Merriam-Webster Embraces 'Botnet,' 'NSFW,' and 'Net Neutrality' - Technologist
Technologist - The FindLaw Legal Technology Blog

Merriam-Webster Embraces 'Botnet,' 'NSFW,' and 'Net Neutrality'

If you're looking for the definition of demurrer or argle-bargle, pretty much any reputable dictionary published in the last hundred years will do. But if you're looking to find the meaning of "botnet," you might have to rely on less-established sources, even Wikipedia. While language and technology evolve quickly, giving us an endless list of neologisms ranging from "fax machine" to "defriend," the dictionary makers of the world, those modern-day Samuel Johnsons and Henry Campbell Blacks, take a bit more time to separate the wheat from the "chillax."

But they catch up eventually. This week, Merriam-Webster announced that it was adding more than 1,000 words to its pages, many of them technological in origin. Now you'll finally have something reliable to cite the next time you're explaining open-source NSFW listicles.

We're Going to Need a Bigger Dictionary

Merriam-Webster's largest dictionary, "Webster's Third New International Dictionary" (unabridged) contains more than 470,000 entries -- soon to be more than 471,000. Merriam-Webster has yet to publish the full list of lexicographical additions, but their announcement page gives us a brief preview.

Many of this year's tech additions, the company notes, focus more on "what we do with technology -- how it is managed, deployed, and organized -- than giving a name to the technology itself." That means more additions like "peer-to-peer," fewer like "FAX machine."

Among the new words are abandonware, backward compatible, botnet, clickbait, keylogger, listicle, NSFW, open source, ping, and rootkit.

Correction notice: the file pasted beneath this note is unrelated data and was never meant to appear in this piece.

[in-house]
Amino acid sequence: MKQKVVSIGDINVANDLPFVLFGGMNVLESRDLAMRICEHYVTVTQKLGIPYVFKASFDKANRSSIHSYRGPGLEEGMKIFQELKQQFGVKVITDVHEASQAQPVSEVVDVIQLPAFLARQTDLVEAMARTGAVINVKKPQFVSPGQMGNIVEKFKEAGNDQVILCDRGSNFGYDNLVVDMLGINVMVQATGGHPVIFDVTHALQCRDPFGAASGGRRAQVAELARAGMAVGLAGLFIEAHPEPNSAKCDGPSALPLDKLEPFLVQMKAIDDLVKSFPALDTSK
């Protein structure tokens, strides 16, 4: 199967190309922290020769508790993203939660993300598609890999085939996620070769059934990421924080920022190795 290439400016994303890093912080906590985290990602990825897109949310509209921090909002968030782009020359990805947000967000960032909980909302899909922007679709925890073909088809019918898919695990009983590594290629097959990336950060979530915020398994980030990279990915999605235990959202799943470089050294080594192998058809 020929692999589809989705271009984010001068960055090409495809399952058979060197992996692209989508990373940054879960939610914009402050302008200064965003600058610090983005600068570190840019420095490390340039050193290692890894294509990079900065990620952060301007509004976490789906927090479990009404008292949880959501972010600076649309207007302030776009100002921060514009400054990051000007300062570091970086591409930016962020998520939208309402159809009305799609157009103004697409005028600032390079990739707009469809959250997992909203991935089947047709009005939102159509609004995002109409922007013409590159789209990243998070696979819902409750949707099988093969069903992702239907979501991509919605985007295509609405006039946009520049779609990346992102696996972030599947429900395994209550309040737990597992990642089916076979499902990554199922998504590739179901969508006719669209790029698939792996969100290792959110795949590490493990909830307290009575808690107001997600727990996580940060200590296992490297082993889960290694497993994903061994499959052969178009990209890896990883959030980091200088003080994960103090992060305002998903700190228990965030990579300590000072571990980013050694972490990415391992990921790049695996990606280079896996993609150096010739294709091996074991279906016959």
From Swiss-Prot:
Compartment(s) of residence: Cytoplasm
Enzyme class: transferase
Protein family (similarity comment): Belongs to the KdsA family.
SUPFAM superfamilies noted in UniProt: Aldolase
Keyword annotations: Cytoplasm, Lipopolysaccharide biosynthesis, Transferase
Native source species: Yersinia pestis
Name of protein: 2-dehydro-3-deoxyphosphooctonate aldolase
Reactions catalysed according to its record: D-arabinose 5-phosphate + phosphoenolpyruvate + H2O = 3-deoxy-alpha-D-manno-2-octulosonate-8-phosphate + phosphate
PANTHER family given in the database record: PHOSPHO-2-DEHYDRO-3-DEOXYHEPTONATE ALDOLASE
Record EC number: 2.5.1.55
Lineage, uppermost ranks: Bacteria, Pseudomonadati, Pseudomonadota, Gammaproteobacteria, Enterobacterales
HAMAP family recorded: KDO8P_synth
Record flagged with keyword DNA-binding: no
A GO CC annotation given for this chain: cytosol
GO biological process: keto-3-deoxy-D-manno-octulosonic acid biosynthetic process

Defining the Net Neutrality Debate

The most topical addition, as Ars Technica points out, is net neutrality, which Merriam-Webster defines as "the idea, principle, or requirement that Internet service providers should or must treat all Internet data as the same regardless of its kind, source, or destination." Recently, the FCC enshrined net neutrality principles in its Open Internet rules, which went in to effect in the summer of 2015.

But those principals have been called in to question by the Trump administration, with the FCC now chaired by Ajit Pai, one of the Commission's main net neutrality opponents. Merriam-Webster's illustrative quote demonstrates the continuing debate. There is, the quote explains:

a philosophical contest that's being fought under the banner of "net neutrality," a slogan that inspires rhetorical devotion but eludes precise definition. Broadly, it means everything on the Internet should be equally accessible -- that the Internet should be a place where great ideas compete on equal terms with big money.

Of course, the dictionary also added plenty of non-tech terms as well. A few of our favorites include Seussian ("of, relating to, or suggestive of the works of Dr. Seuss") and SCOTUS, for the Supreme Court of the United States.

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